Suppose we have a charged capacitor connected to a battery. Now we push the plates of the capacitor away from each other decreasing capacitance and hence energy stored in the capacitor decreases. Now where did this energy go? Also some charge must be flowing to the battery, so is the energy getting stored in the battery? How do I relate the work done by the force and these things? Also what is the heat released?
Suppose that you double the separation of the plates of a parallel plate capacitor of initial capacitance $C$ which is connected to a battery of emf $V$.
The capacitance of the capacitor become $\frac C 2$ and the energy stored in the capacitor changes from $\frac 12 CV^2$ to $\frac 1 2 \frac C 2 V^2$.
There is a decrease in the energy stored in the capacitor of $\frac 1 4 CV^2$.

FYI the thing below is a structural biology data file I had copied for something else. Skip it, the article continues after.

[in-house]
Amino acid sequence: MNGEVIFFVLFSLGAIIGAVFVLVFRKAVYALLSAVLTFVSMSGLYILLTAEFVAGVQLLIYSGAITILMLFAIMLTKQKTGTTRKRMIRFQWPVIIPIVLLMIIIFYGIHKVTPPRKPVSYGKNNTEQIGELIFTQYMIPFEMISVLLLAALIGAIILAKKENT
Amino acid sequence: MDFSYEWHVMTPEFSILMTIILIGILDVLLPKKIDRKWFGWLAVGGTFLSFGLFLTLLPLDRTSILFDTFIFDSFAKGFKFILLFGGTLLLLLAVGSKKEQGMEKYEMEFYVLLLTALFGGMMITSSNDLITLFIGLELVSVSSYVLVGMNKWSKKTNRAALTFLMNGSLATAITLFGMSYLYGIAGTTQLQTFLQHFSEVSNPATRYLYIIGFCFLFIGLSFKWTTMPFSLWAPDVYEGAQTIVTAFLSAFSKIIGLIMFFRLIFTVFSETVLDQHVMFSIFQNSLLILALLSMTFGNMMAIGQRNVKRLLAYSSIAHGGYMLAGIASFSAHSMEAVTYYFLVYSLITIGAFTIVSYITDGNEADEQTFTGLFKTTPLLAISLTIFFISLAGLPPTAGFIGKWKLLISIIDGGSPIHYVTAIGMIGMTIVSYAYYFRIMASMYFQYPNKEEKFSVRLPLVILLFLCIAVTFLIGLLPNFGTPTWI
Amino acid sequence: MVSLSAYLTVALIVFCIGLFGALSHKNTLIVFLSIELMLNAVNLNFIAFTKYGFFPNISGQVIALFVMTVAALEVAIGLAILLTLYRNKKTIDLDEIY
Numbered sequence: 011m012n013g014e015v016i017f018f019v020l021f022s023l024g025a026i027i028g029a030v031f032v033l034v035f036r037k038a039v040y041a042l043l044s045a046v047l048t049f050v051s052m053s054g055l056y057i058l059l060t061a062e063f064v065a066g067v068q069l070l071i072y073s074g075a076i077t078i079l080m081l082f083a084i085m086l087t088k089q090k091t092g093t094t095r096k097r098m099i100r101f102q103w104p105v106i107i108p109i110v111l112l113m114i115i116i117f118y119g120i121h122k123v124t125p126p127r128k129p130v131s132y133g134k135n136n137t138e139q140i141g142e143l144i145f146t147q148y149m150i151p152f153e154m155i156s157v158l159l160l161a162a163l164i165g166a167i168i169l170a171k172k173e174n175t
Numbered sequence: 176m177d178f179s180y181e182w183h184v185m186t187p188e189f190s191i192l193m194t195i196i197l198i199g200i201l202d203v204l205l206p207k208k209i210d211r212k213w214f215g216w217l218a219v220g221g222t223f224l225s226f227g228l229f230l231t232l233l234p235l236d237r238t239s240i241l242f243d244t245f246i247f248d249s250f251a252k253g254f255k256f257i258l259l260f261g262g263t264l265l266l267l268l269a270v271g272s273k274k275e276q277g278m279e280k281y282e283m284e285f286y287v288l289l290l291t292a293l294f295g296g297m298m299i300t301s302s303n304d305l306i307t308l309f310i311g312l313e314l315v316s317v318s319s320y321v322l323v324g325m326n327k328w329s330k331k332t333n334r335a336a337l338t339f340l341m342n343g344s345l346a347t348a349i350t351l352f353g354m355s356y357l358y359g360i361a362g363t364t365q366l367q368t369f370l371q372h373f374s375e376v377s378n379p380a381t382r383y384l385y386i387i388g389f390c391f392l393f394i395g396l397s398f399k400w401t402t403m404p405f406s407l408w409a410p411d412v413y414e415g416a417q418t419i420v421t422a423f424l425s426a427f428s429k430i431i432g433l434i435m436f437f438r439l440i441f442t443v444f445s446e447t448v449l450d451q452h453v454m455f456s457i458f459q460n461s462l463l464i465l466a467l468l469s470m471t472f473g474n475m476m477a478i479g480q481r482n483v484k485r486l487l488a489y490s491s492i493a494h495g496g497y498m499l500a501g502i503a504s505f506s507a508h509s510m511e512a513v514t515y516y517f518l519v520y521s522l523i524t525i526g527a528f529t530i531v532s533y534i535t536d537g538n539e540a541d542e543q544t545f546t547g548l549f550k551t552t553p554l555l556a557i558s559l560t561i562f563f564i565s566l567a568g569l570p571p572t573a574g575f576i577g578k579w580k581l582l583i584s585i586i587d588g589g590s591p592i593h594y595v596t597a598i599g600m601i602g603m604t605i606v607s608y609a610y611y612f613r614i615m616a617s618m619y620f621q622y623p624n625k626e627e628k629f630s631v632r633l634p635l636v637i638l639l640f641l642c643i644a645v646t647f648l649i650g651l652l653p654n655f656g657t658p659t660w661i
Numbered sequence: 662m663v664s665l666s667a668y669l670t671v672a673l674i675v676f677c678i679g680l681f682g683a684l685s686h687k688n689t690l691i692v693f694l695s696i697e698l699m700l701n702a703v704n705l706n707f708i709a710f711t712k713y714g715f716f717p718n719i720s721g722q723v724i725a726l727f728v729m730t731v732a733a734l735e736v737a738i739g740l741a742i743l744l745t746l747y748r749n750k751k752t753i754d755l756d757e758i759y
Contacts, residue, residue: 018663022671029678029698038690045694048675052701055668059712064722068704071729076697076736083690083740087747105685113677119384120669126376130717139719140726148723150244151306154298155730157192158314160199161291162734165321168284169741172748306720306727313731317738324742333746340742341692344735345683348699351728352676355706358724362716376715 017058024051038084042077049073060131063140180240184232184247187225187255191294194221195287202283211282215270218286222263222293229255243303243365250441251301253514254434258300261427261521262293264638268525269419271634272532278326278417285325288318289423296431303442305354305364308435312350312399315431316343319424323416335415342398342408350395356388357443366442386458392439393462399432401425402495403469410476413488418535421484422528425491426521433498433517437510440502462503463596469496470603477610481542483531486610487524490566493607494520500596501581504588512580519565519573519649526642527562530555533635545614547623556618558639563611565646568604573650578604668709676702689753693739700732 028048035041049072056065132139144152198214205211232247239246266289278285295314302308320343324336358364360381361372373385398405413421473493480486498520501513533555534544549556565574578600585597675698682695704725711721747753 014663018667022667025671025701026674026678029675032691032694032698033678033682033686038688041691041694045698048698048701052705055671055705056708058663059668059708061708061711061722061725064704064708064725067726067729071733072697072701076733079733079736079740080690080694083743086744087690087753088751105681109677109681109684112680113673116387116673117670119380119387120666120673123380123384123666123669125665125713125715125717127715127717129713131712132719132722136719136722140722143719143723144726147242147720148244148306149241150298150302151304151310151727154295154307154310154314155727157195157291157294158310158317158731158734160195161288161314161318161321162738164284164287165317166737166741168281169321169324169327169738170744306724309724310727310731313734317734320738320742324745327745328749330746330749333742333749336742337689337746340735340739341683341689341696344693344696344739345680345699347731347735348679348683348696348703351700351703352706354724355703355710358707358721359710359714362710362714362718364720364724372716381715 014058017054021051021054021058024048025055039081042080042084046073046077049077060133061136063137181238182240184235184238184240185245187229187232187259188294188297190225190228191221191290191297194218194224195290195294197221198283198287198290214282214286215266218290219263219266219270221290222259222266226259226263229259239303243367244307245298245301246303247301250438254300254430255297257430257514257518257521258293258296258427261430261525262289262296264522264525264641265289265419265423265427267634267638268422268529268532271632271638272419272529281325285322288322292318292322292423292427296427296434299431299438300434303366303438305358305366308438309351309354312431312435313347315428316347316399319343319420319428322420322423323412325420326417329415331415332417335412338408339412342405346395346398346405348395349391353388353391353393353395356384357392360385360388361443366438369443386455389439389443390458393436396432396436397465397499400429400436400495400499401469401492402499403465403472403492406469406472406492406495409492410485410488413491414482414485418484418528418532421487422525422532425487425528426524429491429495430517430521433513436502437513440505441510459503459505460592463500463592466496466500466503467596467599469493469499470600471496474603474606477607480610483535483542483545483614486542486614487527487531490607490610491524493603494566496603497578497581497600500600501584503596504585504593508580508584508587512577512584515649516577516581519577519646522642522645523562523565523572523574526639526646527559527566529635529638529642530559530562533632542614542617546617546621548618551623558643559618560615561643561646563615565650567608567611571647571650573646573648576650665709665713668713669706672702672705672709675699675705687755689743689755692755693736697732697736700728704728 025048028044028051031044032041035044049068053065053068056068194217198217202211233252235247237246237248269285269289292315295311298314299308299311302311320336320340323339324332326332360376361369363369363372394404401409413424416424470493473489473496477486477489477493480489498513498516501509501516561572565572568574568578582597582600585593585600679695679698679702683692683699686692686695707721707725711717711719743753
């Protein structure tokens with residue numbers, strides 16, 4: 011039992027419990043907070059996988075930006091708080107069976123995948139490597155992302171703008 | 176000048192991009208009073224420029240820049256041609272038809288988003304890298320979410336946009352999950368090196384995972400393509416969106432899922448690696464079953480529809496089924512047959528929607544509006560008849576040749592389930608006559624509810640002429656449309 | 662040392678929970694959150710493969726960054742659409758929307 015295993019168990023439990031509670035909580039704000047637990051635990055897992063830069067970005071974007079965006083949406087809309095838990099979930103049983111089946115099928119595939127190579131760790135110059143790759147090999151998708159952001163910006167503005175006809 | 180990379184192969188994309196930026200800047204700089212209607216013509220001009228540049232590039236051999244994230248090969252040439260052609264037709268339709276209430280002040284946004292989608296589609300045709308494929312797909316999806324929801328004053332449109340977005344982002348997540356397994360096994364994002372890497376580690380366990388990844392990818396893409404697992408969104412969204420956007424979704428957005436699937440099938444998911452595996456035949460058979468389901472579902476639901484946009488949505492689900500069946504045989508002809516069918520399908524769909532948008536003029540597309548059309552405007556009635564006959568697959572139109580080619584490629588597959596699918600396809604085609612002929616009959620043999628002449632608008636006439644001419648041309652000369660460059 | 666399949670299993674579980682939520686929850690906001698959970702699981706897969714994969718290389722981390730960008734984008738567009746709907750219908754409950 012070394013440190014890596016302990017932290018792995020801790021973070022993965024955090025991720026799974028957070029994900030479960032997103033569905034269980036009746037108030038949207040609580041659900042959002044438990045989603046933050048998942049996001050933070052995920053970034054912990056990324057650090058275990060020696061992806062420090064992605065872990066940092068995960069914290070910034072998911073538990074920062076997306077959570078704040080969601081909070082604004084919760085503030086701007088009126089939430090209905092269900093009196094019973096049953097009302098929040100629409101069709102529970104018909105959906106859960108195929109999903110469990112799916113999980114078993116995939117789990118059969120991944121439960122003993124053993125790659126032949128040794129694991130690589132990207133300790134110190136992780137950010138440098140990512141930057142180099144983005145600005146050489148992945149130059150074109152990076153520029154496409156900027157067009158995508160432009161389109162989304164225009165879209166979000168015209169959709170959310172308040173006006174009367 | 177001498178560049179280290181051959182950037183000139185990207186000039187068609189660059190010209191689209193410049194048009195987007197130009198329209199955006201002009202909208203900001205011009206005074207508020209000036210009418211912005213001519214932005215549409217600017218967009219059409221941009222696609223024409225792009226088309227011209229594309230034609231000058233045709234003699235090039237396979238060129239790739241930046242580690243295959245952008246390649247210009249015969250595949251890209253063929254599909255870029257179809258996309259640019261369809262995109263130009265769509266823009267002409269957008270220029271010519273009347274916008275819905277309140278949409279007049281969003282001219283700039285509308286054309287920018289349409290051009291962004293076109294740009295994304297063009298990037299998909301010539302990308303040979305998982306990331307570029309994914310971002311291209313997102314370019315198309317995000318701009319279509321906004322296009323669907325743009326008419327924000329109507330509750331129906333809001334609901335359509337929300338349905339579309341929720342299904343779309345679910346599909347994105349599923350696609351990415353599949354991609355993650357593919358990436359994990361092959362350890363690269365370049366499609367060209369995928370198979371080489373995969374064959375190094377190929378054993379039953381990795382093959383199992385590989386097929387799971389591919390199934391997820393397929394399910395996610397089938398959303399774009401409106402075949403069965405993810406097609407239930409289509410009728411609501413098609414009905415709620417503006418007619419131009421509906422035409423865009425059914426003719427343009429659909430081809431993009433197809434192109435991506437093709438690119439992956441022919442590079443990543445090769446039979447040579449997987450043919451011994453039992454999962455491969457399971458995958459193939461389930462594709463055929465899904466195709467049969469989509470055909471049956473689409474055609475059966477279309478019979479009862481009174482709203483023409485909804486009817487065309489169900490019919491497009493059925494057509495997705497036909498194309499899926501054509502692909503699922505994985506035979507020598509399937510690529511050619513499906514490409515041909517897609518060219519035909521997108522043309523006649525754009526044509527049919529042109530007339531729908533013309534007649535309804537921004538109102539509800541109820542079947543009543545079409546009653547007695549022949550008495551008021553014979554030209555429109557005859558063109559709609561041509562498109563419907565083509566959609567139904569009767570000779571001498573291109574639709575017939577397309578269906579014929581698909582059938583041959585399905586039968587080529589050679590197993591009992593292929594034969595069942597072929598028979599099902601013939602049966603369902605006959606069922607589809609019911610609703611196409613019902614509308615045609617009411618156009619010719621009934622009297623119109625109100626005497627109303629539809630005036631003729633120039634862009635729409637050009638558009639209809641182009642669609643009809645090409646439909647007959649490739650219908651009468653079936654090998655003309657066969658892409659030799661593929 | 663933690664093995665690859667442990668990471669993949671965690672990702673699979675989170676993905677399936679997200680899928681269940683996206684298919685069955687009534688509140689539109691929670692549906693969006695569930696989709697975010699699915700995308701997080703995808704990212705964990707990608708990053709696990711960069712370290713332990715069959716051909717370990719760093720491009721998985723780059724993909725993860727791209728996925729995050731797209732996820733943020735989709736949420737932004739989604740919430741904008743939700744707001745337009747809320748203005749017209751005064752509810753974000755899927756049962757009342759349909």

Originally the capacitor had a charge $Q= CV$ but after increasing the separation of the plates at constant $V$ the charge stored is $\frac Q 2$.
The work done in moving the charge $\frac Q 2$ through the battery is $\frac Q 2 V = \frac 1 2 CV^2$.
The missing $\frac 1 2 CV^2 - \frac 1 4 CV^2 = \frac 1 4 CV^2$ is the work done by an external force (you?) in separating the capacitor plates.
If there was resistance in the circuit then the external force would have to do more work to move the charge $\frac Q 2$ around the circuit which would manifest itself as the resistor heating up.